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I want to calculate the numerical error in approximating $\sin(x)=x$ with Taylor's Theorem. Furthermore, what values of $x$ will this approximation be correct to within $7$ decimal places?

Here is what I have done:

$\sin(x) = \sum\limits_{k=0}^n (-1)^k\dfrac{x^{2k+1}}{(2k+1)!} + E_n(x)$

Where $E_n(x) =\dfrac{f^{(n+1)}(\xi)}{(n+1)!}x^{n+1}$, $x\in (-\infty, \infty)$ and $\xi$ is between $x$ and $0$. (This is just Taylor's Theorem with Lagrange remainder)

Let $\xi = 0$ (why not). I am unsure of how I made $E_n(x)$:

\begin{align} \left|\sin(x)-x\right| =& \sum\limits_{k=0}^n (-1)^k\dfrac{x^{2k+1}}{(2k+1)!} + (-1)^{2n+3}\dfrac{x^{2n+3}}{(2n+3)!} -x \\ \left|\sin(x)-x -\sum\limits_{k=0}^n (-1)^k\dfrac{x^{2k+1}}{(2k+1)!}\right| =& \left|(-1)^{2n+3}\dfrac{x^{2n+3}}{(2n+3)!} -x\right| \\ =&\left|\dfrac{x^{2n+3}}{(2n+3)!}-x\right| \end{align}

Continuing in this way find the values of $n$ and $x$ that solve: \begin{equation} \left|\dfrac{x^{2n+3}}{(2n+3)!}-x\right| \leq 10^{-7} \end{equation}

Intuitively this seems off because $(2n+3)!$ grows faster than $x^{2n+3}$, and so taking the limit as $n\to\infty$ we get $\left|-x\right|=x$ and thus any value of $x \leq 10^{-7}$ would work. This just does not seem right.

All help is greatly appreciated!

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    $\begingroup$ I cannot follow your logic since you pick $\xi = 0$... $\endgroup$ – Tunococ Jun 21 '13 at 2:28
  • $\begingroup$ You can't pick the value of $\xi$, the generalization of the mean value theorem just tells you that there exists some $\xi$ on the closed interval that works there. $\endgroup$ – Ben Grossmann Jun 21 '13 at 2:33
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We need to understand what Taylor's Theorem, Lagrange form of the remainder, says in this case.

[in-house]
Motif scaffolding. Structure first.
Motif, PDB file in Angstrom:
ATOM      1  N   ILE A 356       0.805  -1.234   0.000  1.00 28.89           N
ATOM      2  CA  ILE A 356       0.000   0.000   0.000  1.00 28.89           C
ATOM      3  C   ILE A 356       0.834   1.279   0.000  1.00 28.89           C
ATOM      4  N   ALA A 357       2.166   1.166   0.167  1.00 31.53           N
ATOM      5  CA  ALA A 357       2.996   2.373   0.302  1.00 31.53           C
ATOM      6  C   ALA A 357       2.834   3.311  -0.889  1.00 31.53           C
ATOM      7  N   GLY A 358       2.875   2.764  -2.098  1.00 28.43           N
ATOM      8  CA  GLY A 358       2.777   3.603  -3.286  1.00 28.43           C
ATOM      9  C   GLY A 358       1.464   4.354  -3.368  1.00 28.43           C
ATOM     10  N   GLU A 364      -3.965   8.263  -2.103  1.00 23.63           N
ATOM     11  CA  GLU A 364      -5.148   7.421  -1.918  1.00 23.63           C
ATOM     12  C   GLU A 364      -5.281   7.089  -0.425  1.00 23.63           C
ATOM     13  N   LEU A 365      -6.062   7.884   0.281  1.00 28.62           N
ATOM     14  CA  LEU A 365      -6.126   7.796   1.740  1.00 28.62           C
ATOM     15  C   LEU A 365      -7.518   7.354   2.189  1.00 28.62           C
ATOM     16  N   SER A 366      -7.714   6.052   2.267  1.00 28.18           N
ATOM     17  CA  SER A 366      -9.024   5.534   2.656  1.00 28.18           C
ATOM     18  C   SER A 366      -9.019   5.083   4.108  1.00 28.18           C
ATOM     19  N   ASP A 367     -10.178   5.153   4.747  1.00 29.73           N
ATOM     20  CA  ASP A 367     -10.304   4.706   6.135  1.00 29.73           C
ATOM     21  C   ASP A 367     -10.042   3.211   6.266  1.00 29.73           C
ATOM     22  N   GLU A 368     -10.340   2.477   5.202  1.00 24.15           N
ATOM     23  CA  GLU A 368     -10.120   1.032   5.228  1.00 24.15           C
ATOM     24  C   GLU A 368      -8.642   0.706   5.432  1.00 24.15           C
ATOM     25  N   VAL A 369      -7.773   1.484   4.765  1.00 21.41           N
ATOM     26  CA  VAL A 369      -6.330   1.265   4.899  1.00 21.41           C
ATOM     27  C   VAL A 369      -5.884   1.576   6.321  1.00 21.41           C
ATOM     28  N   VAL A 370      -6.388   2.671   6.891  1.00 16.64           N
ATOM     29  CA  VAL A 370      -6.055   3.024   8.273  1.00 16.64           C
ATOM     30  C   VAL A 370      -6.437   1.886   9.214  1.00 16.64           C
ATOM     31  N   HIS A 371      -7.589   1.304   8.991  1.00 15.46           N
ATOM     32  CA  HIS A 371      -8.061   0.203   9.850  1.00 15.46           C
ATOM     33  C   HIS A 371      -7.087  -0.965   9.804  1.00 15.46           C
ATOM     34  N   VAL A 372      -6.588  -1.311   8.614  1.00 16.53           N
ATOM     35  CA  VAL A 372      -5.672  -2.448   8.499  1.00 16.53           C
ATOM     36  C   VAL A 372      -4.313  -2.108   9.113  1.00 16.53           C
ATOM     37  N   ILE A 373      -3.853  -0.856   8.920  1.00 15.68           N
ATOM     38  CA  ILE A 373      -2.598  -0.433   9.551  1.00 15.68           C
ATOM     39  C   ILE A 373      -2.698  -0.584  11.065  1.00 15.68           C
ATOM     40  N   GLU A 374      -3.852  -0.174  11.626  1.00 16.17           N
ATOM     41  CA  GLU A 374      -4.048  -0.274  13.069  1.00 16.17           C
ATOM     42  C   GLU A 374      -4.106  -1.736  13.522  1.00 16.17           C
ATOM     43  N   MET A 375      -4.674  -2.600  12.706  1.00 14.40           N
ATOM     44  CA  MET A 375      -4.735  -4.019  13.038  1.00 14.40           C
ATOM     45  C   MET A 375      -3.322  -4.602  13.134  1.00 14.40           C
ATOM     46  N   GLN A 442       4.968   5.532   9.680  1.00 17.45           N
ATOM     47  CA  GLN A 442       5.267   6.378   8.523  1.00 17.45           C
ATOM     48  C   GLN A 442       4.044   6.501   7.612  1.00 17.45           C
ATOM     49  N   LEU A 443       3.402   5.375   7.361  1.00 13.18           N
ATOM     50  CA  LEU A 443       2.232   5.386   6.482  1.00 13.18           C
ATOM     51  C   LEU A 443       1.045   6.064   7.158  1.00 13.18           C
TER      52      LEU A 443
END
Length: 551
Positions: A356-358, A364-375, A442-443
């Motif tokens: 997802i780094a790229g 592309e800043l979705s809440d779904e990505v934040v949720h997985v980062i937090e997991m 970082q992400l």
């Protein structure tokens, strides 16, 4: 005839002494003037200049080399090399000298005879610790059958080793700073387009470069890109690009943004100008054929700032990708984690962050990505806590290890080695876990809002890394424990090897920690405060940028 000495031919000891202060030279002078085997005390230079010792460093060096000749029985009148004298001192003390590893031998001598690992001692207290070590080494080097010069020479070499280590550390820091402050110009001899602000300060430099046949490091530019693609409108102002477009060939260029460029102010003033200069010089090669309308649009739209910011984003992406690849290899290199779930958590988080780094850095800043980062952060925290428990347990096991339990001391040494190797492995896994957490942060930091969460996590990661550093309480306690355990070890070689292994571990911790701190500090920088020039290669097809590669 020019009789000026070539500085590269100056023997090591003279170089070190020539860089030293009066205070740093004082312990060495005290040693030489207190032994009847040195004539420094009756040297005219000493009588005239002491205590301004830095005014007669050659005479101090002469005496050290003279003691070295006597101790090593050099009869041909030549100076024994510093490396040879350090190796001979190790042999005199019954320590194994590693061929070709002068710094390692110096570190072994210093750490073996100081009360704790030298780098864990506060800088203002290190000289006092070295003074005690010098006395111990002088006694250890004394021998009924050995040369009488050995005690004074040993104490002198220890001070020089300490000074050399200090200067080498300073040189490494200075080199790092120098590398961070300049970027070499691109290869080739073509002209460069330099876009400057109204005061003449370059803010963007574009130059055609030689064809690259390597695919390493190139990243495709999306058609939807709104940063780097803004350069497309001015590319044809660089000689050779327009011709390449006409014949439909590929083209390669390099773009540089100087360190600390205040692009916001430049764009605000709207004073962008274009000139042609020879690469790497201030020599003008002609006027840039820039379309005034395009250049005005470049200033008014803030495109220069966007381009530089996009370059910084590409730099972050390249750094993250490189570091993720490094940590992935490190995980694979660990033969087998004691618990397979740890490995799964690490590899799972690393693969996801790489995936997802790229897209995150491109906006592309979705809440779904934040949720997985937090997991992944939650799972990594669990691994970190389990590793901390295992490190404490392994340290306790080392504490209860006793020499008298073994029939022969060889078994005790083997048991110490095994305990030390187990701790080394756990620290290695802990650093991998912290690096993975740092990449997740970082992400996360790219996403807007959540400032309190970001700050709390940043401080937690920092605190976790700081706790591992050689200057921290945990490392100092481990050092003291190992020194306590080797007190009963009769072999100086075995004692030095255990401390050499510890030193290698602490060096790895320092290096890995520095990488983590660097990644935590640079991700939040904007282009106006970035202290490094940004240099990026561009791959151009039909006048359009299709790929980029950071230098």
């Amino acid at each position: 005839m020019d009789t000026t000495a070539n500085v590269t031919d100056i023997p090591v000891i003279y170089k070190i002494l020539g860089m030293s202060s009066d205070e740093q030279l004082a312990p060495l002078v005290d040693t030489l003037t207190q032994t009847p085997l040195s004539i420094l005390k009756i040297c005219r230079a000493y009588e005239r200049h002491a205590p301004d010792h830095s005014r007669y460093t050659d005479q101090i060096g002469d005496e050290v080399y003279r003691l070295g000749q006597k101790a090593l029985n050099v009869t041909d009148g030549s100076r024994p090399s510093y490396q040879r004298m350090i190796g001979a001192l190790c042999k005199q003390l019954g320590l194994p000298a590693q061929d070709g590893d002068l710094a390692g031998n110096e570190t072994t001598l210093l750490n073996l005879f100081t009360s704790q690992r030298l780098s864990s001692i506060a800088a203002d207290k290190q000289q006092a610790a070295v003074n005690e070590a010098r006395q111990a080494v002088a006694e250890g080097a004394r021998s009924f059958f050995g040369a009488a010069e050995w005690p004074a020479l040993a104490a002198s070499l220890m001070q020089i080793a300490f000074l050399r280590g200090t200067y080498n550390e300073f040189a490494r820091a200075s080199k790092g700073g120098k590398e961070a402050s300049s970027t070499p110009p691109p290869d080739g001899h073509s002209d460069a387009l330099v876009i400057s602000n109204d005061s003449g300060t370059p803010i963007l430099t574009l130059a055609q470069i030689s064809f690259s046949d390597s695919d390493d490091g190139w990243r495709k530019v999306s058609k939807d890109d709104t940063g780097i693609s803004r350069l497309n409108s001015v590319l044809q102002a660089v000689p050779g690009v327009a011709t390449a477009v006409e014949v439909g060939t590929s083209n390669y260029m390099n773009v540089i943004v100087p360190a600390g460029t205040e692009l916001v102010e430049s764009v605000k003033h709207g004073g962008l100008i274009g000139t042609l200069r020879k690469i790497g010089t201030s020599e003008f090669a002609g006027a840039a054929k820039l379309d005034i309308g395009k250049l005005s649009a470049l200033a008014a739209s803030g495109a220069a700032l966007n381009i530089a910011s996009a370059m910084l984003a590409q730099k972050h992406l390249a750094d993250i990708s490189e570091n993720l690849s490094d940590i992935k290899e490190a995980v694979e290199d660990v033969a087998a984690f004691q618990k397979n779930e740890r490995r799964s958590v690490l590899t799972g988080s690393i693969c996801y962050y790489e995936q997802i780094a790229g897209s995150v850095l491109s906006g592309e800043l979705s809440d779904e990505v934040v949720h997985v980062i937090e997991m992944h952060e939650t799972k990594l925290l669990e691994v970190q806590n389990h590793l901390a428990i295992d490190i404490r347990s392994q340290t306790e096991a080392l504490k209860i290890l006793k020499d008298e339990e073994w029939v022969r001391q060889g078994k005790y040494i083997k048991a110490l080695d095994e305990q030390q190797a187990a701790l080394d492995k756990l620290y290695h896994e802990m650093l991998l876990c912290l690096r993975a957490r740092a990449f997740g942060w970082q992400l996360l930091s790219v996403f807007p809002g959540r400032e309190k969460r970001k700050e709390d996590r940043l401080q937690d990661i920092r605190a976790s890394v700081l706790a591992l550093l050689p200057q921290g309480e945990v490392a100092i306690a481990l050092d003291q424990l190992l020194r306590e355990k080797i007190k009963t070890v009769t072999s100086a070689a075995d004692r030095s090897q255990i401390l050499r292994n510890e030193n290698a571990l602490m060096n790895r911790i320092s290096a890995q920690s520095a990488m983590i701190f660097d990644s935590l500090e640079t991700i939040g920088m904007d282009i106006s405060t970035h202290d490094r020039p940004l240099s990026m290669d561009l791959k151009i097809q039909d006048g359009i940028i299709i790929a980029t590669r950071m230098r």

We are using the Taylor polynomial $P_1(x)=x$ to approximate $\sin x$. We could therefore call the error term $E_1$. But in this case the second term in the Taylor expansion is $0$, so $P_1(x)=P_2(x)$, and therefore $E_1$ and $E_2$ are equal.

By the Lagrange form of the remainder, we have $$|E_2|=\left|\frac{-\cos \xi}{3!}x^3\right|\tag{1}$$ for some $\xi$ between $0$ and $x$. Since the absolute value of the cosine is $\le 1$, from (1) we obtain the estimate $$|E_2| \le \frac{|x|^3}{3!}.\tag{2}$$ It should now be straightforward to find the range of $x$ for which the right-hand side of (2) is $\lt 10^{-7}$.

Remark: If you have met alternating series, we can bypass the Lagrange form of the remainder. In this case we end up with basically the same estimate of the error. Usually, however, the Lagrange form of the remainder results in technically correct but excessively pessimistic estimates.

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    $\begingroup$ Why are you fixing $n$ With $P_1, P_2$ and $E_2$? Or is this just for example so that I may understand $E_n(x)$ and $\xi$? $\endgroup$ – CodeKingPlusPlus Jun 21 '13 at 2:51
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    $\begingroup$ No, not pedagogy! I am fixing $n$ because the problem asks you to. It asks for an estimate of the error when we approximate $\sin x$ by $x$. If it asked you about the error when we approximate $\sin x$ by $x-\frac{x^3}{3!}$, I would have to choose $n=3$ or $4$. $\endgroup$ – André Nicolas Jun 21 '13 at 2:54
  • $\begingroup$ I see now, the first term in the taylor polynomial for $\sin(x)$ is $x$... $\endgroup$ – CodeKingPlusPlus Jun 21 '13 at 2:57
  • $\begingroup$ No I did not. I picked $n=2$ because the problem asks us to approximate $\sin x$ by $x$, not by a higher degree Taylor polynomial. $\endgroup$ – André Nicolas Jun 21 '13 at 2:58

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